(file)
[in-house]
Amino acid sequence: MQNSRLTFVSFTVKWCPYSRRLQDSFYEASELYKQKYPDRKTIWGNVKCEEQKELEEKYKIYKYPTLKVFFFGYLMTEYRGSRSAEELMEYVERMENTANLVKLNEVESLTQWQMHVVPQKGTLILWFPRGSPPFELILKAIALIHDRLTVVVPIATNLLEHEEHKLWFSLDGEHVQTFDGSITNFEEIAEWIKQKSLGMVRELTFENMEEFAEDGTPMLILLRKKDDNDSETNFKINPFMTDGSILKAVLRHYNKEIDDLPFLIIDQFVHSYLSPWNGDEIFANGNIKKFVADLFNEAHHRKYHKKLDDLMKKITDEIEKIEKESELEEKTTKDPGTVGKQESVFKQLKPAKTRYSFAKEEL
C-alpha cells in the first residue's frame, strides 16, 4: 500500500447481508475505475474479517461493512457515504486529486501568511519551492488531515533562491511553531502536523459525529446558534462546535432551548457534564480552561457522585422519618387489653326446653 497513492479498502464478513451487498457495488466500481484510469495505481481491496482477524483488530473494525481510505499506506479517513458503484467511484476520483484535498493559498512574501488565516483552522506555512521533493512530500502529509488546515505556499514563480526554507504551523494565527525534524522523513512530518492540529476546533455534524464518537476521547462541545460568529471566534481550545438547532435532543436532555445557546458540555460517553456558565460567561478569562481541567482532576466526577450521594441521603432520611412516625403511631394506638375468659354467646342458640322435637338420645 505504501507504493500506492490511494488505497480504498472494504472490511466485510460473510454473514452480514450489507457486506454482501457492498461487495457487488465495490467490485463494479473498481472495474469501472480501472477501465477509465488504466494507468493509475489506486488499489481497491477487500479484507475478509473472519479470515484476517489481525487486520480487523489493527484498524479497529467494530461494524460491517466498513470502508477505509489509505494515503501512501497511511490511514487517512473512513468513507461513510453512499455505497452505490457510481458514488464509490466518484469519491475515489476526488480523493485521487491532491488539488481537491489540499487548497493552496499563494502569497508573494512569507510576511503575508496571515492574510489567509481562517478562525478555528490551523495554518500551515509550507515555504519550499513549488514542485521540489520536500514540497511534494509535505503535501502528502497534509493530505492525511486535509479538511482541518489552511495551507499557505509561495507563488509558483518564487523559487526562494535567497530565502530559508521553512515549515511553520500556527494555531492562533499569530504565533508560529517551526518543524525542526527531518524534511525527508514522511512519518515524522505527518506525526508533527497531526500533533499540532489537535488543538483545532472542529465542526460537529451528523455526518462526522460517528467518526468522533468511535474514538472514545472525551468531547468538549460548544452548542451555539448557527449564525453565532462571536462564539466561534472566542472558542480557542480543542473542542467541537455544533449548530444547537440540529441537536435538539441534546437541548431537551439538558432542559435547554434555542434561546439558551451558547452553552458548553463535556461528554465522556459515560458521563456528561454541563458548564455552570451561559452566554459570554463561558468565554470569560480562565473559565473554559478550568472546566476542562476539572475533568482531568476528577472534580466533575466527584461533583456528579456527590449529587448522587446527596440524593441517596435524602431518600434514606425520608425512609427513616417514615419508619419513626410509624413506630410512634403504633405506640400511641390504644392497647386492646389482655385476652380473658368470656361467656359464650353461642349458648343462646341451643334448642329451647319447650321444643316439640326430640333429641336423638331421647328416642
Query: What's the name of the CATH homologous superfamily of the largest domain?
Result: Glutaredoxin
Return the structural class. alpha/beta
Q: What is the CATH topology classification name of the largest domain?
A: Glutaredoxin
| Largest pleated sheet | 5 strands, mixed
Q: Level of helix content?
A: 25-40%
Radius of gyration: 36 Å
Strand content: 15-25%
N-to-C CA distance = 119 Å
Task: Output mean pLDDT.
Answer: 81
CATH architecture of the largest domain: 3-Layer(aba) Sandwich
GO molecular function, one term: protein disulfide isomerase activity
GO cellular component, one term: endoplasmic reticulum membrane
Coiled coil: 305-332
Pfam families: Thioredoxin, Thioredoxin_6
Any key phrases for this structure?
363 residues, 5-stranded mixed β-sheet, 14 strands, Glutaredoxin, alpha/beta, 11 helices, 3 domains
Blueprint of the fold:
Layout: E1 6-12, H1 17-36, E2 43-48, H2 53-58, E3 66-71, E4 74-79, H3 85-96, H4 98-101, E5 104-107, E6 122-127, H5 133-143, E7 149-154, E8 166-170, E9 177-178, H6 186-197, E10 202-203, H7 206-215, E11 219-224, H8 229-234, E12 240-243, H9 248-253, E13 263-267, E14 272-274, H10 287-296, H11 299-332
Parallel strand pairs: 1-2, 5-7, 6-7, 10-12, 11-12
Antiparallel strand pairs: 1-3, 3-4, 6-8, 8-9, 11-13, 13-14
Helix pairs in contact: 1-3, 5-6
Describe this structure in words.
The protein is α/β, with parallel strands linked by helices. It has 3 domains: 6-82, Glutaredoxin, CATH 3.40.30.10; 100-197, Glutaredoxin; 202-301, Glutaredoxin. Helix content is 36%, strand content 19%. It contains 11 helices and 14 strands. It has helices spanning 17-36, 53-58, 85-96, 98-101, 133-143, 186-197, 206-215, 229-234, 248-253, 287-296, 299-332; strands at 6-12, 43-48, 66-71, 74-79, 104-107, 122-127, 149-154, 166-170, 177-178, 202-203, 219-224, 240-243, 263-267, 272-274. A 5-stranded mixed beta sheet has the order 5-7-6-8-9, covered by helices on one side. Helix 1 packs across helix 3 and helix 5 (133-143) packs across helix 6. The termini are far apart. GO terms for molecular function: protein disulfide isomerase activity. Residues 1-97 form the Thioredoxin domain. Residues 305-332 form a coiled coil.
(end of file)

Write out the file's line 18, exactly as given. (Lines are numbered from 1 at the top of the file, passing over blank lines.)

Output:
GO molecular function, one term: protein disulfide isomerase activity